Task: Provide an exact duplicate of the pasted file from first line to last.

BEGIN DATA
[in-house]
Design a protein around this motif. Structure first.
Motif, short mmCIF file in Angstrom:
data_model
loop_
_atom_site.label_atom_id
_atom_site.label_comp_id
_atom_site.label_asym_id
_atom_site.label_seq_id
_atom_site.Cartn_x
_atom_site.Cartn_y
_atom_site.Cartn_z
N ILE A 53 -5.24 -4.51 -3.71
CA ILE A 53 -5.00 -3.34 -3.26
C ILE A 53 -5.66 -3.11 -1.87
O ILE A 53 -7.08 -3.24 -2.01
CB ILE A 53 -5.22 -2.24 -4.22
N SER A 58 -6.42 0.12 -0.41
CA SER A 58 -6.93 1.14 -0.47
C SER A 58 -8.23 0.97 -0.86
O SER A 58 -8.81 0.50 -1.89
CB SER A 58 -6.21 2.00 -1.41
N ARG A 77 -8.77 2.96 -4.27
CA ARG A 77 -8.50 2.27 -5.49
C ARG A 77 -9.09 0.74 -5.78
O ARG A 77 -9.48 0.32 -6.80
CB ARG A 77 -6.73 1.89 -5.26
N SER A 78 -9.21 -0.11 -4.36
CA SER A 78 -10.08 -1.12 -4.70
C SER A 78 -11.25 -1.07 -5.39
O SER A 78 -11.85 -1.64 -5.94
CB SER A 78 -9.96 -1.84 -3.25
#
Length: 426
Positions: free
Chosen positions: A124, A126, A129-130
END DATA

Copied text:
[in-house]
Design a protein around this motif. Structure first.
Motif, short mmCIF file in Angstrom:
data_model
loop_
_atom_site.label_atom_id
_atom_site.label_comp_id
_atom_site.label_asym_id
_atom_site.label_seq_id
_atom_site.Cartn_x
_atom_site.Cartn_y
_atom_site.Cartn_z
N ILE A 53 -5.24 -4.51 -3.71
CA ILE A 53 -5.00 -3.34 -3.26
C ILE A 53 -5.66 -3.11 -1.87
O ILE A 53 -7.08 -3.24 -2.01
CB ILE A 53 -5.22 -2.24 -4.22
N SER A 58 -6.42 0.12 -0.41
CA SER A 58 -6.93 1.14 -0.47
C SER A 58 -8.23 0.97 -0.86
O SER A 58 -8.81 0.50 -1.89
CB SER A 58 -6.21 2.00 -1.41
N ARG A 77 -8.77 2.96 -4.27
CA ARG A 77 -8.50 2.27 -5.49
C ARG A 77 -9.09 0.74 -5.78
O ARG A 77 -9.48 0.32 -6.80
CB ARG A 77 -6.73 1.89 -5.26
N SER A 78 -9.21 -0.11 -4.36
CA SER A 78 -10.08 -1.12 -4.70
C SER A 78 -11.25 -1.07 -5.39
O SER A 78 -11.85 -1.64 -5.94
CB SER A 78 -9.96 -1.84 -3.25
#
Length: 426
Positions: free
Chosen positions: A124, A126, A129-130